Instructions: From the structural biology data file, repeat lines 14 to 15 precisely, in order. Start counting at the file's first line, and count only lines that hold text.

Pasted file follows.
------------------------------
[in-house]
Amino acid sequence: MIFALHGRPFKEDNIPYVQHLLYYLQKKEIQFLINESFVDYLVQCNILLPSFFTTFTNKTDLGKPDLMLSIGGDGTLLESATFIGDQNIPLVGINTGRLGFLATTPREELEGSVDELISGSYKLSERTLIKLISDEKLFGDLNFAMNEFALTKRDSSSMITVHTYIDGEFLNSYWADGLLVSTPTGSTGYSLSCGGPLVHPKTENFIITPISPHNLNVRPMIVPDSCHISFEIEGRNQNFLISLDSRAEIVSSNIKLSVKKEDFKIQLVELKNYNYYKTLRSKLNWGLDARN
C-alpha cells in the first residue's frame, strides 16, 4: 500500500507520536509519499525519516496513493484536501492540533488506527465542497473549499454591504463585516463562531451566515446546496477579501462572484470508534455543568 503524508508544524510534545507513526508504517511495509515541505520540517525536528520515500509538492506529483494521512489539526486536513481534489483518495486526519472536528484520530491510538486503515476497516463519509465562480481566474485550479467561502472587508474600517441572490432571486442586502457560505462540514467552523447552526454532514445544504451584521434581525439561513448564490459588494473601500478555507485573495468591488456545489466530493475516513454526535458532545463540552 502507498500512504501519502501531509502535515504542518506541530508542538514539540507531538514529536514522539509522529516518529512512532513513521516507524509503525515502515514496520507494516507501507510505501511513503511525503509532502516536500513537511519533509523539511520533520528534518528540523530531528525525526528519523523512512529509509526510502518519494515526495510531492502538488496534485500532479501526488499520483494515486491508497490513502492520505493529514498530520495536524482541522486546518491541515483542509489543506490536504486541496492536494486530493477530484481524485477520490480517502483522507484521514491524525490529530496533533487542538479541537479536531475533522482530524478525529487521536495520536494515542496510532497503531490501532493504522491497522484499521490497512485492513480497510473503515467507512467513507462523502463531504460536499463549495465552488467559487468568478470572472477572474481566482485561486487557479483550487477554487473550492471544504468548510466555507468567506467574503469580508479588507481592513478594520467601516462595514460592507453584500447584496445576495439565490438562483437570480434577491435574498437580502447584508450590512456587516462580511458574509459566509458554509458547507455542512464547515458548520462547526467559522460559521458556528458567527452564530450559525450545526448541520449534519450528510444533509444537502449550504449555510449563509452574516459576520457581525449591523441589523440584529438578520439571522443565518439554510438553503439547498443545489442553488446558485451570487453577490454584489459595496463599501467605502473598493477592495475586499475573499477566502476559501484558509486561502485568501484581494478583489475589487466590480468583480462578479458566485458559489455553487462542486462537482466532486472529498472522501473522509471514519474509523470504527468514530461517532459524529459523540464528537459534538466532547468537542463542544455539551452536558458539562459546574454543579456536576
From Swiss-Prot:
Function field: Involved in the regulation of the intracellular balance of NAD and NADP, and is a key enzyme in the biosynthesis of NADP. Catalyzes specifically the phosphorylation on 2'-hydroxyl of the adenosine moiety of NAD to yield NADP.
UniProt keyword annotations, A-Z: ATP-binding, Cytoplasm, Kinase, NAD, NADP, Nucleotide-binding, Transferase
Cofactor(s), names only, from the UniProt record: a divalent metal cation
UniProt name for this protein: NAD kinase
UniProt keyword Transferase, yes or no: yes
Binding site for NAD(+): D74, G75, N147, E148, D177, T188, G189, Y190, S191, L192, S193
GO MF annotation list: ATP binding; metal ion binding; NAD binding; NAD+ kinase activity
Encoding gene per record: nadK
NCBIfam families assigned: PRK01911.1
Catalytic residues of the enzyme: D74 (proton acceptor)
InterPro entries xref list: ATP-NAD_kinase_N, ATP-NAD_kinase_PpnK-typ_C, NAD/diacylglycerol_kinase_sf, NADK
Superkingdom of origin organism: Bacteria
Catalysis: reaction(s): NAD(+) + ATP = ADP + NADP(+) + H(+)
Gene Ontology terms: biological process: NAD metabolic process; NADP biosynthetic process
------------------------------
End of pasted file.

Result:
Catalytic residues of the enzyme: D74 (proton acceptor)
InterPro entries xref list: ATP-NAD_kinase_N, ATP-NAD_kinase_PpnK-typ_C, NAD/diacylglycerol_kinase_sf, NADK